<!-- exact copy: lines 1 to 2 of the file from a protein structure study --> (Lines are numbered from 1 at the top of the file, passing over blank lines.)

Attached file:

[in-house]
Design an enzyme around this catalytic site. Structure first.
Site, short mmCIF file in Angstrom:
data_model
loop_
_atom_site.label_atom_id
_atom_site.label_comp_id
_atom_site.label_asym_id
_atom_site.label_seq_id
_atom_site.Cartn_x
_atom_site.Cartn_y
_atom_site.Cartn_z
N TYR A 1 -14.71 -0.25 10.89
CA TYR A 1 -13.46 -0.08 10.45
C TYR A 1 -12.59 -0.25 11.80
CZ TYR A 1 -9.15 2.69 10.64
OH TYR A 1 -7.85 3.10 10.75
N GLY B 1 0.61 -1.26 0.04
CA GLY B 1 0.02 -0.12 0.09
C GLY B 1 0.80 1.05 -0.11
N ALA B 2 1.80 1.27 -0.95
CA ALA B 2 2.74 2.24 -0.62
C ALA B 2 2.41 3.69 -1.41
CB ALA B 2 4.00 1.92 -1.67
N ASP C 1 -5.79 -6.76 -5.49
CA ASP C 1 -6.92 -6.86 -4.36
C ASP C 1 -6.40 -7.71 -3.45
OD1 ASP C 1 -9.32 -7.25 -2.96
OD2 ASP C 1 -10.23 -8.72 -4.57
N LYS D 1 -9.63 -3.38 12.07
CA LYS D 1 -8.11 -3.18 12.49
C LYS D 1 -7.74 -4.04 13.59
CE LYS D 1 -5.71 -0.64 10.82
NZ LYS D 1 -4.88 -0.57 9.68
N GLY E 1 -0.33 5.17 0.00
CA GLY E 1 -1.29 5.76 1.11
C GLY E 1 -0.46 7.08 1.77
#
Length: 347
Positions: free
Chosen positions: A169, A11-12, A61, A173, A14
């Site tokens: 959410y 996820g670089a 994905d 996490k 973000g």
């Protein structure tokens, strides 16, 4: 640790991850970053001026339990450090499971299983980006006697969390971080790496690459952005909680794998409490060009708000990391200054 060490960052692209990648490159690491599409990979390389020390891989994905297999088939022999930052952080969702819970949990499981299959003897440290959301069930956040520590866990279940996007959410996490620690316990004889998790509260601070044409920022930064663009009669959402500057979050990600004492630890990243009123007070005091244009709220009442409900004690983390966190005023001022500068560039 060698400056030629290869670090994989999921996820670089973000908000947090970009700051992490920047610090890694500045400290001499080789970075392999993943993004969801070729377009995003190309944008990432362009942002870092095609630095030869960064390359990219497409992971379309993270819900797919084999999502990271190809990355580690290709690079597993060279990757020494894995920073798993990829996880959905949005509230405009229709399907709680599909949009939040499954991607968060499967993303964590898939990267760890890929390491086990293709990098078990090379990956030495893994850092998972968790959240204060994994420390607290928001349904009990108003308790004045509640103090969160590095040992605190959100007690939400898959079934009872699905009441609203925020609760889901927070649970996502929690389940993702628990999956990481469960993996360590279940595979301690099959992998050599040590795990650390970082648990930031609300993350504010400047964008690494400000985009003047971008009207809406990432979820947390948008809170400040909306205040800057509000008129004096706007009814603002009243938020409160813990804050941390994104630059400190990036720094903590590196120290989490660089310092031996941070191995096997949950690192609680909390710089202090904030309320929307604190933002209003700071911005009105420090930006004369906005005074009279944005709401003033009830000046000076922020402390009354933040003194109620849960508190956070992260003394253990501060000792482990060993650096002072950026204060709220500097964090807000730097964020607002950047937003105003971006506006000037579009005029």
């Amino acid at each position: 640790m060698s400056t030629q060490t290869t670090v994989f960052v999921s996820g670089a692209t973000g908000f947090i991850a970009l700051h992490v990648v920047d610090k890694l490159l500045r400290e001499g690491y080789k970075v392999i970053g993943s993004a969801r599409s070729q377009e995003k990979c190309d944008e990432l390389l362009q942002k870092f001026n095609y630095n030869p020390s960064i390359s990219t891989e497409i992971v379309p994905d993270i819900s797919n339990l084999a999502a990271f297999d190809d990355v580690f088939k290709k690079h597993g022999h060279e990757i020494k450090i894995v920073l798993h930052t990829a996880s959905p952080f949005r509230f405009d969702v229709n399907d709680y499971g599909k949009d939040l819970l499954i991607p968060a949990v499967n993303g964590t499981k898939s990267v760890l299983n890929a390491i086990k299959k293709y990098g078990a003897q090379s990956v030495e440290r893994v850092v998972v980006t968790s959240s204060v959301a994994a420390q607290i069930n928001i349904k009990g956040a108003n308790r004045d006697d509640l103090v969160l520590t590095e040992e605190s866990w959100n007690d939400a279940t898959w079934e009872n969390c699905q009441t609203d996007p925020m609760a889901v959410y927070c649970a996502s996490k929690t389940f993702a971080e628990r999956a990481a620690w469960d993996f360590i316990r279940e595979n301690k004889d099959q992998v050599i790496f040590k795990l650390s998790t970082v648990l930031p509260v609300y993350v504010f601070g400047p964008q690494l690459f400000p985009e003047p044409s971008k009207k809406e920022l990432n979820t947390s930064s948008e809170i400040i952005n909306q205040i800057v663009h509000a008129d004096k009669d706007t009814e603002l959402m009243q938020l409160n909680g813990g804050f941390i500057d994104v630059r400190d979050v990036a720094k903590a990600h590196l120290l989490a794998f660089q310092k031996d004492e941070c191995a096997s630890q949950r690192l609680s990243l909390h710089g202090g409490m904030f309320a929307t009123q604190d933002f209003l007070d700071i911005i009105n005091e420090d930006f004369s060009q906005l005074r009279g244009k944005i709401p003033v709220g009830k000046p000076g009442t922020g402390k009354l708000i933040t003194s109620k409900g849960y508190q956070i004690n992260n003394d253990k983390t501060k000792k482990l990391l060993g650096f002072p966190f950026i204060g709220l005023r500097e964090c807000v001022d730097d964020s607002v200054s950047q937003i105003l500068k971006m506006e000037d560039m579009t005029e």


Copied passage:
[in-house]
Design an enzyme around this catalytic site. Structure first.